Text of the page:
(cntin'uef from Pag 1 football talent in its history, sharply sota, and Joe Boyd, Texas A.&M. at
i -challenges the Middle West for cor- tackle; Frank Ribar, Duke, and Eber-
"Bones" Martin with a little work trol of the 15th annual all-Associat- le Schultz, Oregon St. the guard posts, f
to do. However, their play did not team, selected today by The Associat- and Frank Finneran of Cornell at c
detract from Martin's netminding, I ed Press on the basis of a nation-wide center.C
which is a strong last line of defense. survey of expert opinion. Michigan men gaining honorable
McMaster Has Veteran Reserves | These two sections monopolize sev- mention on the AP selections were
McMaster's reserve lines will be i en of the 11 All-America berths, four Forest Evashevski and Robert West-
drawn from returning lettermen Wil- going to the South and three to the fall in the backfield, Ed Frutig at end,
son and Duncan, and sophomores 'Middle West. Of the remaining four, Roland Savilla, tackle, Ralph Fritz,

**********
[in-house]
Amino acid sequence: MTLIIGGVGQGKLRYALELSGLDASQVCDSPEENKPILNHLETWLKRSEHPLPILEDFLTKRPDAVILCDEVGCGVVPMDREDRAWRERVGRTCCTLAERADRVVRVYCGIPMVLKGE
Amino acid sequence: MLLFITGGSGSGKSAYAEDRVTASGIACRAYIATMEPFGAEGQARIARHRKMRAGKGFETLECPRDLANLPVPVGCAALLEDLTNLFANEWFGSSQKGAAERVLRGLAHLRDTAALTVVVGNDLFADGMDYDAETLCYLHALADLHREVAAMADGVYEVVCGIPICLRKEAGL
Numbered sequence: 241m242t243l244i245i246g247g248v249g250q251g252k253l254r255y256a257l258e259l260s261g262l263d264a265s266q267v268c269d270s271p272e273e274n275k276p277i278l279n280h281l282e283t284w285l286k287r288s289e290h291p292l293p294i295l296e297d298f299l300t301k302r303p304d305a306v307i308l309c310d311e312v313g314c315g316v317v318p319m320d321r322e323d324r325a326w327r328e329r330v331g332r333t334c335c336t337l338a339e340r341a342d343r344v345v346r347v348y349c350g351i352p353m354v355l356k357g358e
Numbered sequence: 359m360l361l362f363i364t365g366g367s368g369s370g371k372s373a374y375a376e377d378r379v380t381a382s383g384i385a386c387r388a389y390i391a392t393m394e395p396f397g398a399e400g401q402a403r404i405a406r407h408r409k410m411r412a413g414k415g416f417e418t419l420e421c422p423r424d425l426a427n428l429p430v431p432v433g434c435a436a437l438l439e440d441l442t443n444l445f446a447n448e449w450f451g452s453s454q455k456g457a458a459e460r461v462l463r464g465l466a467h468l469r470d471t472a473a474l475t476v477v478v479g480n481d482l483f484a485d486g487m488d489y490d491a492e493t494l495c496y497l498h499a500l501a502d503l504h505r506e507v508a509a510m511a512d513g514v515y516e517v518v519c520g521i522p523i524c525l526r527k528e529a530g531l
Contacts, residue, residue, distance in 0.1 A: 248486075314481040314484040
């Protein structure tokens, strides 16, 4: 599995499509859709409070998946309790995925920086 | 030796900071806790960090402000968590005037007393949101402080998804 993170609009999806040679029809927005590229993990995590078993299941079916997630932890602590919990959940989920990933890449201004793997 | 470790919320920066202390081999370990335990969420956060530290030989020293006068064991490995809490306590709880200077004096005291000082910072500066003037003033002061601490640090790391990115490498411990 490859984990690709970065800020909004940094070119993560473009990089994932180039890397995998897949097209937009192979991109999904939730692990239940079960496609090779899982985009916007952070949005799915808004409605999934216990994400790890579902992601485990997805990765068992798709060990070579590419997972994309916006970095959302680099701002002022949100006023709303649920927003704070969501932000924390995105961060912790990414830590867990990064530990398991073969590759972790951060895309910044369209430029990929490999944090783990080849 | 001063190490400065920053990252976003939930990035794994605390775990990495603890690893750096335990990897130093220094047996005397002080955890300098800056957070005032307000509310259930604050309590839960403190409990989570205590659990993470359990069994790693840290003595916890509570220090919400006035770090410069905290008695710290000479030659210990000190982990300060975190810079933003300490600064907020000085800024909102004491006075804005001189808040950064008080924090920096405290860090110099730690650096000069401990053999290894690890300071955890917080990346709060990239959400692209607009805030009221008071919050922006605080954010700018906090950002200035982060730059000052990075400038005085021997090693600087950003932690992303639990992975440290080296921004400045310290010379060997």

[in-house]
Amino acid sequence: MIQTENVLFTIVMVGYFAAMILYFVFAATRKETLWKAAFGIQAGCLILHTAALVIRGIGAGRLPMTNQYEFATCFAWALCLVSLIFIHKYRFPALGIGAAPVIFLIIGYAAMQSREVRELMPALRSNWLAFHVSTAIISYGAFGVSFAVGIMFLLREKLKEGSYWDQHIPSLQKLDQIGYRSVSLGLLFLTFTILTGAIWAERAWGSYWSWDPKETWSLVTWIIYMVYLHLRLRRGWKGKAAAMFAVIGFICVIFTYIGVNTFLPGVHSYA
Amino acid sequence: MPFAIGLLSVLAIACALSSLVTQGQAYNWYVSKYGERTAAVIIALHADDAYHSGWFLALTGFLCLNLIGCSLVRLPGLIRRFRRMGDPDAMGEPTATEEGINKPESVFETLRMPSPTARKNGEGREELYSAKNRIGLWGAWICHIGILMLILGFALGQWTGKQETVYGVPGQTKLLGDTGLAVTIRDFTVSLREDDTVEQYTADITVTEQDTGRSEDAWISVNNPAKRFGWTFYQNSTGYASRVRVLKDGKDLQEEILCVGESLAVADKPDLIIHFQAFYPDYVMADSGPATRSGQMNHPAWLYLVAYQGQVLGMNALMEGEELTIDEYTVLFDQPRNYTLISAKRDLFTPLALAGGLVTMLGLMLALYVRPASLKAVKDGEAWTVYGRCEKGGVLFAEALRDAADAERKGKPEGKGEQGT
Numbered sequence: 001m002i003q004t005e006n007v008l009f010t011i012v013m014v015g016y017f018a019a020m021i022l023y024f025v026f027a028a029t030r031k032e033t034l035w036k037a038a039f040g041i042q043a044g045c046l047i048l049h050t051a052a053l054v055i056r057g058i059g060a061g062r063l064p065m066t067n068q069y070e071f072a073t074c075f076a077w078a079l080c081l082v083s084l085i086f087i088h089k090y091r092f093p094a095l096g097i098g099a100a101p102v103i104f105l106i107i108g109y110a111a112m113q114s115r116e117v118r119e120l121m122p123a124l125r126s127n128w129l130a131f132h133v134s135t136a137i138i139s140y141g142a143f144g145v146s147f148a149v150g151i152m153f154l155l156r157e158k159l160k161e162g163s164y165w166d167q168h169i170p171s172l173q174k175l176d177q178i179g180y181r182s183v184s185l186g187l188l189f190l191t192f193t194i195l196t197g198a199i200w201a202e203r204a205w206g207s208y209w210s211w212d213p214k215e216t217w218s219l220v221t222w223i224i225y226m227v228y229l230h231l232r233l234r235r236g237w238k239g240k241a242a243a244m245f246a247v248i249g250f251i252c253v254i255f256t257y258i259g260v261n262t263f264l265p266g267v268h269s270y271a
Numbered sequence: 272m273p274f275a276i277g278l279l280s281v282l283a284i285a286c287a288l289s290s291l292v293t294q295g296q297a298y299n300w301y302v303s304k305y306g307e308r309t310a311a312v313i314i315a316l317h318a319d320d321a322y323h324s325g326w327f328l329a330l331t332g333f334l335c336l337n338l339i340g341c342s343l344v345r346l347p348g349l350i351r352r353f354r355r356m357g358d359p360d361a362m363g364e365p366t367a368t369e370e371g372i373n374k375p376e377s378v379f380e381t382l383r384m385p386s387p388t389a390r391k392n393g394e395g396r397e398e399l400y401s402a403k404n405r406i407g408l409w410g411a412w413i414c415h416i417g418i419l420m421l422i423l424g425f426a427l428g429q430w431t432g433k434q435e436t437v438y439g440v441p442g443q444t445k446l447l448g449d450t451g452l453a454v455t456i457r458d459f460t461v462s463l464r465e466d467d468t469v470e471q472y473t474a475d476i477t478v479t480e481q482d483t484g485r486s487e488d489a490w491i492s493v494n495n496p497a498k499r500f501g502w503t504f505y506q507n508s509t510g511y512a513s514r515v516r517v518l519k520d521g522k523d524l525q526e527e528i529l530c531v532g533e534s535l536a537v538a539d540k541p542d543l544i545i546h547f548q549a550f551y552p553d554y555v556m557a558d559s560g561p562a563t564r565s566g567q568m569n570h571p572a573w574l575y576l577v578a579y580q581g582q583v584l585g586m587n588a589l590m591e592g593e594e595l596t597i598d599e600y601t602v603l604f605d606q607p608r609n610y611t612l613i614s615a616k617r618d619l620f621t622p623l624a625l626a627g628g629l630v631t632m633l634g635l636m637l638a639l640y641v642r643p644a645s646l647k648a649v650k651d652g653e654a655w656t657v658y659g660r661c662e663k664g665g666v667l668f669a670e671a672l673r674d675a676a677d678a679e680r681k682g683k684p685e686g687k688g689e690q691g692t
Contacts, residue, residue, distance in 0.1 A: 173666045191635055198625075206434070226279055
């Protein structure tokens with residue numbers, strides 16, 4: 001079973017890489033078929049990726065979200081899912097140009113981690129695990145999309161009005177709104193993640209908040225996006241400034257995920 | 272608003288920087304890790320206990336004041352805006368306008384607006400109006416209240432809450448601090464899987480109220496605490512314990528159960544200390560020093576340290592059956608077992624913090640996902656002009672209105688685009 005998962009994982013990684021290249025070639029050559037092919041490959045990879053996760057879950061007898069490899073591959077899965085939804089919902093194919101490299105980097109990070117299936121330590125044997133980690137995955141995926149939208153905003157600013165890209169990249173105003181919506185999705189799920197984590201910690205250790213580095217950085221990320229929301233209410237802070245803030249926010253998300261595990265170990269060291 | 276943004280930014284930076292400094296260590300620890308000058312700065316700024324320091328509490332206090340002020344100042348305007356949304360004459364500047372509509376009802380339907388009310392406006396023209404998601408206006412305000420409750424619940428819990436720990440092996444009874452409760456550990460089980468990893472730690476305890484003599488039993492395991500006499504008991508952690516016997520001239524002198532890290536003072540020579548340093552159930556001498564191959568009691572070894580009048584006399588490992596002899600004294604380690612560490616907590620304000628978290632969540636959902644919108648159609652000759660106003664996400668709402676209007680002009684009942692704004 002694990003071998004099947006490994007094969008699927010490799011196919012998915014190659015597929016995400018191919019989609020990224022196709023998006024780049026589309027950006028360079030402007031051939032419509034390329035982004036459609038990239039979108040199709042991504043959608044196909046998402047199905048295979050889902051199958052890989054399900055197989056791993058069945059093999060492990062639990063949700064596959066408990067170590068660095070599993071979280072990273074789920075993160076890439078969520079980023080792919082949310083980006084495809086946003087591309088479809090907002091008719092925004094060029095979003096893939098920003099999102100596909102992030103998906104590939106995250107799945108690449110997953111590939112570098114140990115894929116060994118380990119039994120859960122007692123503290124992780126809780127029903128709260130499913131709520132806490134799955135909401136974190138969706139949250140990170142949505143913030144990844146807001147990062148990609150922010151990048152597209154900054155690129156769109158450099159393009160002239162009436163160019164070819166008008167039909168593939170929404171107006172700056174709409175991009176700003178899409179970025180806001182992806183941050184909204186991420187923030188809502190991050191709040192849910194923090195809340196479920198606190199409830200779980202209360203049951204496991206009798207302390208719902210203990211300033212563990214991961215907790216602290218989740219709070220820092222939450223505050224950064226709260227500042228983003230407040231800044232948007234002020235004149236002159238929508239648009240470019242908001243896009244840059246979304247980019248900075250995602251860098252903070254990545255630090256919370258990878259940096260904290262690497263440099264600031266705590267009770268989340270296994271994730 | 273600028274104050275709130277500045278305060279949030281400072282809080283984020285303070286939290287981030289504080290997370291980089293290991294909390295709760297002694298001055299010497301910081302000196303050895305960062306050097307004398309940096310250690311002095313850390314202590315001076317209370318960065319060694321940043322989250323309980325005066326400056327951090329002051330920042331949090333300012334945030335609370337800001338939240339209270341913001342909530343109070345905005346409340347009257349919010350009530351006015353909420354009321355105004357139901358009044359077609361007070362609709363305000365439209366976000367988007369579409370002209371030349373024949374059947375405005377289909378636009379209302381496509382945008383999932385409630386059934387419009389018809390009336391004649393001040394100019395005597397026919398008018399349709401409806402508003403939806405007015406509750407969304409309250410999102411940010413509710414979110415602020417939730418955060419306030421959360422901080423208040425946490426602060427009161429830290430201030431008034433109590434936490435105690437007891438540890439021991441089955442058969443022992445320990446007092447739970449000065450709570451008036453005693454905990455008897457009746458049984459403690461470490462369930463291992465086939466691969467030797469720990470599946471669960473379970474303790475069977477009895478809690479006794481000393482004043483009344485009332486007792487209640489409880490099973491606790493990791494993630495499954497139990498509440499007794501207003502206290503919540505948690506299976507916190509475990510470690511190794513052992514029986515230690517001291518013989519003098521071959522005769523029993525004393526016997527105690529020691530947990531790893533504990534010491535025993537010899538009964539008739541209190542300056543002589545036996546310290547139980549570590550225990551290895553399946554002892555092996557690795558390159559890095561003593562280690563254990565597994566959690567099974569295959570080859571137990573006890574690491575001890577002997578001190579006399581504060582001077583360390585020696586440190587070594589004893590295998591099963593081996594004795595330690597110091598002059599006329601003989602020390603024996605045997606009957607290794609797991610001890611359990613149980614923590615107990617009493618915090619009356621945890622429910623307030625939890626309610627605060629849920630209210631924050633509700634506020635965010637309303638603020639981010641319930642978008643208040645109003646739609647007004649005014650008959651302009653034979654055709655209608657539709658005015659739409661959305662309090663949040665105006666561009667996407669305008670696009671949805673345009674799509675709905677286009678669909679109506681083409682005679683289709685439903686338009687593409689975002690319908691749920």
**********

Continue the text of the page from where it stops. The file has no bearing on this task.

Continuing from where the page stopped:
Imrie, Johnston and McGuire. |the Far West gets two and the South- and Milo Sukup, guards, and Archie
Michigan's starting lineup will be west and East one apiece. Kodros at center.
the same as last week. Paul Gold- Two Big Ten Backs - Goodfellows-Monday --
smith will be at the center of the Two backfield posts fall to the Big
first line, and Jim Lovett and Bert Ten with the selection of Nile Clarke Clemson, Boston College
Stodden will take care of the wings. Kinnick of Iowa and Thomas Dudley T
Stodden scored the lone Wolverine Harmon of Michigan. Rounding out To Meet In Cotton Bowl
tally against London on an assist the backfield are James Banks Mc-
from Paul Goldsmith. Fadden, sparkplug of Clemson's DALLAS, Dec. 8.-(A')-Clemson
Defensemen May Play Full Game sturdy Tigers, and John Alec Kim- College, ,co-champion with Duke in I
Larry Calvert and Charley Ross brough, battering fullback of the Tex- the Southern Football Conference,
will continue at their 60-minute posts as Aggies. d was invited today tonmeet Boston
on the back line, and Capt. Eldon The line, averaging 206 pounds, is College in the Cotton Bowl New
"Spike" Jaynes will take care of the made up of Paul Vincent Severin of Year's Day.
goal-tendingduties. North Carolina, and William Howard J. Curtis Sanford, promoter of the
Lowrey's starting second line is (Bud) Kerr, of Notre Dame at the game, quoted Coach Jess Neely of